Audi unveiled its latest prototype, the A6 Avant E-tron, a luxury executive car that appears to be relatively close to being ready for production.
Audi surprised us last year with a concept version of a all-electric A6 sedan, which will be built on a new EV platform that the company is jointly developing with sister company Porsche. The two Volkswagen group companies call the new architecture EV Premium Platform Electric, or PPE. first they started talking about it a few years agoand it’s slated to power the biggest vehicles in Audi and Porsche’s upcoming electric stables.
It is also at least from Audi. four different platform for its electric vehicles. Audi adapted one of its internal combustion platforms to include batteries and electric motors for the original E-tron and E-tron Sportback. The company is using the Porsche Taycan’s J1 platform to power the e-tron GT. and is building the Q4 E-tron and Q4 Sportback E-tron on Volkswagen’s MEB modular platform.
The A6 Avant E-tron is the first “fully tangible look at future production models” to be built on the PPE platform, Audi Technical Development Board member Oliver Hoffmann said in a statement.
Ultimately, much of this won’t matter much to customers, since it’s not like these Audi EVs say “powered by Porsche” on the steering wheel or exterior badging. But there are vast resources at the Volkswagen Group, especially as it tries to break Tesla’s early dominance of the EV market, and Audi is clearly trying to harness the best of what’s available from the larger conglomerate to make a big mark with their electric vehicles.
Calling the A6 Avant E-tron “production ready” isn’t hyperbole; Audi itself describes the concept as “production-oriented,” meaning this car is likely destined for the assembly line in the near future.
If that turns out to be true, the A6 Avant E-tron will earn the distinction of Audi’s longest-range electric vehicle to date, with an estimated 700 kilometers (435 miles) of range using the European WLTP standard, depending on powertrain and engine. model. variant. The sportback will also be quick, accelerating from 0 to 100 km/h (62 mph) in less than four seconds. And with its 800-volt system and charging capacity of up to 270 kW, it can receive enough electrons in just 10 minutes at a fast-charging station to go about 300 kilometers (186 miles).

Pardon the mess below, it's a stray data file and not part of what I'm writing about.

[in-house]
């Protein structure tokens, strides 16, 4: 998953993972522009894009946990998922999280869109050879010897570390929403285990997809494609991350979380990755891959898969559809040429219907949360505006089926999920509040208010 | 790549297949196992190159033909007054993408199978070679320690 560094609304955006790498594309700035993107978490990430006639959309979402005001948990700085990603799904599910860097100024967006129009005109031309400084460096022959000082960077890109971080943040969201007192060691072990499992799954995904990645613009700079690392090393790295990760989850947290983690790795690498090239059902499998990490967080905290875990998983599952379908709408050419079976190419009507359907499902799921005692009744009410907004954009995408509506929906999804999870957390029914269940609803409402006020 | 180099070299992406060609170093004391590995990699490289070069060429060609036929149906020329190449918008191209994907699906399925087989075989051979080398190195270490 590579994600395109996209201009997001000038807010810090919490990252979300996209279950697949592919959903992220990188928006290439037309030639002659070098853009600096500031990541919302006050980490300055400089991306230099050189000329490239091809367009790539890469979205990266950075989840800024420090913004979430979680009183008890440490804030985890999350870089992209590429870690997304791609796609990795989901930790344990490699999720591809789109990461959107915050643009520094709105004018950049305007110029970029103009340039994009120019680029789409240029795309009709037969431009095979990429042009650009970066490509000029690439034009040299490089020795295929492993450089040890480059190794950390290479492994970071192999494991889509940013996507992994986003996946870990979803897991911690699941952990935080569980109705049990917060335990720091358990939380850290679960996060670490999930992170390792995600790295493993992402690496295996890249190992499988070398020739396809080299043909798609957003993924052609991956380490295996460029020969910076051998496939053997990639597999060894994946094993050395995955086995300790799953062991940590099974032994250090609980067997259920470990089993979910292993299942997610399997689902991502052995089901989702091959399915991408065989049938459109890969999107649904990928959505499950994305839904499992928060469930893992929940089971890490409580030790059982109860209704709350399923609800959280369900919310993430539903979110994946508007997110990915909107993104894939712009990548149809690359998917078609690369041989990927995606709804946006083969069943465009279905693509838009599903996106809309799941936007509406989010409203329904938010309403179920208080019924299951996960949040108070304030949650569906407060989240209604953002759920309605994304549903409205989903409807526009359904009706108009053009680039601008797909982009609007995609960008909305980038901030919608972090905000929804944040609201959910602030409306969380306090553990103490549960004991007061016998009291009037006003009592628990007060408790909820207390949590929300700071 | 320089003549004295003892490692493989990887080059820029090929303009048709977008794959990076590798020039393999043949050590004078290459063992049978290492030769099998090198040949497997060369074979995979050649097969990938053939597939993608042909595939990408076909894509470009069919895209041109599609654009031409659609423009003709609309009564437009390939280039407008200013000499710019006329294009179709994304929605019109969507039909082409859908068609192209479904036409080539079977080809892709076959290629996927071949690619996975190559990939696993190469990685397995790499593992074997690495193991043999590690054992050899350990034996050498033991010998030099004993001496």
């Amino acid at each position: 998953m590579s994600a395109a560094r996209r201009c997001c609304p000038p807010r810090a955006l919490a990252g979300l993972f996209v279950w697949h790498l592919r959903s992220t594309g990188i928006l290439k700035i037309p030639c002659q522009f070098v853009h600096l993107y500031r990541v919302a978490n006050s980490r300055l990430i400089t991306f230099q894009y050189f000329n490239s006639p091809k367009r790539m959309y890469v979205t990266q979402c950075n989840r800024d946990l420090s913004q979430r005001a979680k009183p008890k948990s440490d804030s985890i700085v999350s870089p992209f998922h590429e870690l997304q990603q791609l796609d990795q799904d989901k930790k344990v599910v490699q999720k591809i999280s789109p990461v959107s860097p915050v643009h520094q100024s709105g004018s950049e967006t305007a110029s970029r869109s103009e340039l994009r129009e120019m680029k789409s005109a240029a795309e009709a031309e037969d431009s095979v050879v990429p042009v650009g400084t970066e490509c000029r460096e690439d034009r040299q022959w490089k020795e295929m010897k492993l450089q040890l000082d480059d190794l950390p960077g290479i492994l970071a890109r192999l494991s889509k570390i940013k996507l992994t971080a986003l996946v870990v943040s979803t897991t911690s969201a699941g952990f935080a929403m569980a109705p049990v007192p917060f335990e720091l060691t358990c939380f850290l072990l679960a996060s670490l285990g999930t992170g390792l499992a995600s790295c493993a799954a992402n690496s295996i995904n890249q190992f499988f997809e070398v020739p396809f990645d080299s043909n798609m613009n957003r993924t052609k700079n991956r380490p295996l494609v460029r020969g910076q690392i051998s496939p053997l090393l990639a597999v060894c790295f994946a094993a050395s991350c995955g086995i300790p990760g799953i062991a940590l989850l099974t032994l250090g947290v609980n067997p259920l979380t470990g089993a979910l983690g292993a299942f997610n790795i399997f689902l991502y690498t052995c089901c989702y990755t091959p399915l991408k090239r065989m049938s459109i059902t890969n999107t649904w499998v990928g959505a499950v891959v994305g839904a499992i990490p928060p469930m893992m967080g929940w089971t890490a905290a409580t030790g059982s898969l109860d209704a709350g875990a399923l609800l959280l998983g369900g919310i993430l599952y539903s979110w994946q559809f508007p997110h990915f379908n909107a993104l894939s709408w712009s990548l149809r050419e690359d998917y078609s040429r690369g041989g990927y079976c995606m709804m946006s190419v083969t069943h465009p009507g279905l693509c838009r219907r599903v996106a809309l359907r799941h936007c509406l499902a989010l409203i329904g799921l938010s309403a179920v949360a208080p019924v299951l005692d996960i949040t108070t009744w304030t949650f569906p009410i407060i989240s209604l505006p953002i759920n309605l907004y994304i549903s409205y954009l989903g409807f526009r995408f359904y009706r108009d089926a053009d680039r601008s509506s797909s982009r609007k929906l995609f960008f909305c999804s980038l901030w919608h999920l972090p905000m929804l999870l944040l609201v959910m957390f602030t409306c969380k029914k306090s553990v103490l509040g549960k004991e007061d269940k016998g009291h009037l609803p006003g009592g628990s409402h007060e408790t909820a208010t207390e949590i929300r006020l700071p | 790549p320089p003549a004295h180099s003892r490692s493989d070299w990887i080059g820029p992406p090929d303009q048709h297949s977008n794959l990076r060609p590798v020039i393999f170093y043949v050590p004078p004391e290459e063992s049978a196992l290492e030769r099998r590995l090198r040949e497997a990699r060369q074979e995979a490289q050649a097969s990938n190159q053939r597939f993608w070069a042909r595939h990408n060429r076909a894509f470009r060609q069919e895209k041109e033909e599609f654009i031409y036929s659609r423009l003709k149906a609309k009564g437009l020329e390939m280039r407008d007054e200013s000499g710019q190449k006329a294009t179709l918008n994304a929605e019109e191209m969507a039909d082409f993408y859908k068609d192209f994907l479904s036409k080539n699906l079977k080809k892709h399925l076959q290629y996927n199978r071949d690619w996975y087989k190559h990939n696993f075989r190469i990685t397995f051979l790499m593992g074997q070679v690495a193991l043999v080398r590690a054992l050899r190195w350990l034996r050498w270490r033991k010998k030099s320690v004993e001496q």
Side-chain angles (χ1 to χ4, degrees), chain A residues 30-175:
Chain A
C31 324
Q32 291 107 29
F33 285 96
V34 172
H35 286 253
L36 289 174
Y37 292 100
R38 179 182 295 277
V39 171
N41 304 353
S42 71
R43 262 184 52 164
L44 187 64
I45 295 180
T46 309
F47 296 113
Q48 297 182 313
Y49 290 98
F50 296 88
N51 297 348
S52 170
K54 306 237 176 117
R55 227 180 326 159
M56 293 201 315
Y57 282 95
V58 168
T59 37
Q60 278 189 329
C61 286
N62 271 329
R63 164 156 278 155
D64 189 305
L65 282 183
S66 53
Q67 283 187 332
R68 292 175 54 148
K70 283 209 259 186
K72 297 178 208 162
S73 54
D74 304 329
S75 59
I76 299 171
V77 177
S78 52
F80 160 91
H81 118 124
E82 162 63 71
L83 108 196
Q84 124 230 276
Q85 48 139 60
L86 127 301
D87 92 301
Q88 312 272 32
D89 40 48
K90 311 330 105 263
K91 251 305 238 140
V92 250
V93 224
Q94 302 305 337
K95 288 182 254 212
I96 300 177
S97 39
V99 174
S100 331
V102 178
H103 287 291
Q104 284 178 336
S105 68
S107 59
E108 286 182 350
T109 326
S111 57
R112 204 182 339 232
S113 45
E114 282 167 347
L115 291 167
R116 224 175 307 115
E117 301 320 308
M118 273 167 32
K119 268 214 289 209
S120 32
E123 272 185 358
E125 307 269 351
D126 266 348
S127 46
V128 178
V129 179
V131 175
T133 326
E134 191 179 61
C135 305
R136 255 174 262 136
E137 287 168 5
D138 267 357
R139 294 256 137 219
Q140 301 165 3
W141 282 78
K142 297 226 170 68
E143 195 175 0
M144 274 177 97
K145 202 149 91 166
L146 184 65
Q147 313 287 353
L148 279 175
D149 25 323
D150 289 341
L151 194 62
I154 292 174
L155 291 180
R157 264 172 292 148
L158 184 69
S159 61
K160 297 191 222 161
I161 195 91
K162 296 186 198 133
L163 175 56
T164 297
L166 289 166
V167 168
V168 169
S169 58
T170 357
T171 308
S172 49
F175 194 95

The A6 Avant E-tron will be similar in size to the Audi A6 and A7, at over 16 feet long, 6.4 feet wide and 4.7 feet tall. The truck’s profile looks sleek, and Audi hopes to squeeze a little more range out of its aerodynamic design. The shape is intended to reduce aerodynamic drag, with Audi claiming a coefficient of 0.22, just a few notches above Mercedes-Benz’s record drag coefficient of 0.20 for the EQS sedan.
As with the A6 E-tron concept, the A6 Avant E-tron will feature “Digital Matrix LED” headlights (which are only available outside the US, though we recently updated our regulations allowing for smarter headlights). These lights, which use a complex shutter system to sculpt LED light into specific shapes and animations, can now project an Audi-developed video game onto a nearby wall or garage door.
Four LED projectors in the corners of the vehicle can create animations of turn signals on the road. And three of them embedded in each side of the body can do everything from presenting welcome messages on the ground for the driver and their passengers to warning cyclists that a door is about to open.
The A6 Avant E-tron is not a vision of a distant future in which self-driving cars function as luxury travel trailers, like Audi Grandsphere and Skysphere Concepts. It’s a more grounded look at what’s just around the corner, namely smart, well-crafted, and expertly appointed luxury electric vehicles that are stylish and roomy enough to serve as chauffeured vehicles for the 1 percent. hundred.